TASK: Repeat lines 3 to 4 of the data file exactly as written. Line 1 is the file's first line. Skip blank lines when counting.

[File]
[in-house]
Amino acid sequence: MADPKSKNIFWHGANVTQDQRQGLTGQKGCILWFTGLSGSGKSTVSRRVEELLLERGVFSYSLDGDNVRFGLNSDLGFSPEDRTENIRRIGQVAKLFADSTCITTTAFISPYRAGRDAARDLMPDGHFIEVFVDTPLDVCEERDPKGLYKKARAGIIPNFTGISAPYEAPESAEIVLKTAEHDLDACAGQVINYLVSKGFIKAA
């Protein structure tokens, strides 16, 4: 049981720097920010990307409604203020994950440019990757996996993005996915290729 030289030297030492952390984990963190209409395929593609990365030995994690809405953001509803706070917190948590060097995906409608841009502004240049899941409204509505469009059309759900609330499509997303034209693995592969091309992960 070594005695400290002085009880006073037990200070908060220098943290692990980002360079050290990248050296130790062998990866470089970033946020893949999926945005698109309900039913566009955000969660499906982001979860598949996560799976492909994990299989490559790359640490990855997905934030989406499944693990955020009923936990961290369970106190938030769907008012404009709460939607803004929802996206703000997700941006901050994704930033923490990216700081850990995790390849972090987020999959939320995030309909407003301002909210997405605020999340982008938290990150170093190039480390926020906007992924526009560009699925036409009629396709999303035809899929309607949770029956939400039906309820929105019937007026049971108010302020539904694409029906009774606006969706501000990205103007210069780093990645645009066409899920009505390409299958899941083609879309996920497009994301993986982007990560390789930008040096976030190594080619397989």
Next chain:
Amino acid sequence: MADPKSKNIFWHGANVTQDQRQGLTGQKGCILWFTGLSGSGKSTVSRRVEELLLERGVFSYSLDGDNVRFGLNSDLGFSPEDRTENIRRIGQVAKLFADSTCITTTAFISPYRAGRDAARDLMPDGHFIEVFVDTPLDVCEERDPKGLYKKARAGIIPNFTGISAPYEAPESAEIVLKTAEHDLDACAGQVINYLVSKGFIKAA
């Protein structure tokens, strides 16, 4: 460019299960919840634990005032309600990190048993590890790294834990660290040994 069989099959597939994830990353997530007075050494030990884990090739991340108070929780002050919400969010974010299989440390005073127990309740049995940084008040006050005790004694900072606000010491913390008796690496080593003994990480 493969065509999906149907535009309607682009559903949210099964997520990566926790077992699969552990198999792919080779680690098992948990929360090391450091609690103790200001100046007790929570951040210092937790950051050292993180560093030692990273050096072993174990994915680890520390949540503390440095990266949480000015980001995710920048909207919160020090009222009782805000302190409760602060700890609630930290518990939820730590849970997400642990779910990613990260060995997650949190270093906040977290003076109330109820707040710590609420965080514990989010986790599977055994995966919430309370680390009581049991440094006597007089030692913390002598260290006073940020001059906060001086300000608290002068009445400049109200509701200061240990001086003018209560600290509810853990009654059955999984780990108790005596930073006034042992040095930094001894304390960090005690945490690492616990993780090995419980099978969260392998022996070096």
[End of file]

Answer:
């Protein structure tokens, strides 16, 4: 049981720097920010990307409604203020994950440019990757996996993005996915290729 030289030297030492952390984990963190209409395929593609990365030995994690809405953001509803706070917190948590060097995906409608841009502004240049899941409204509505469009059309759900609330499509997303034209693995592969091309992960 070594005695400290002085009880006073037990200070908060220098943290692990980002360079050290990248050296130790062998990866470089970033946020893949999926945005698109309900039913566009955000969660499906982001979860598949996560799976492909994990299989490559790359640490990855997905934030989406499944693990955020009923936990961290369970106190938030769907008012404009709460939607803004929802996206703000997700941006901050994704930033923490990216700081850990995790390849972090987020999959939320995030309909407003301002909210997405605020999340982008938290990150170093190039480390926020906007992924526009560009699925036409009629396709999303035809899929309607949770029956939400039906309820929105019937007026049971108010302020539904694409029906009774606006969706501000990205103007210069780093990645645009066409899920009505390409299958899941083609879309996920497009994301993986982007990560390789930008040096976030190594080619397989």
Next chain: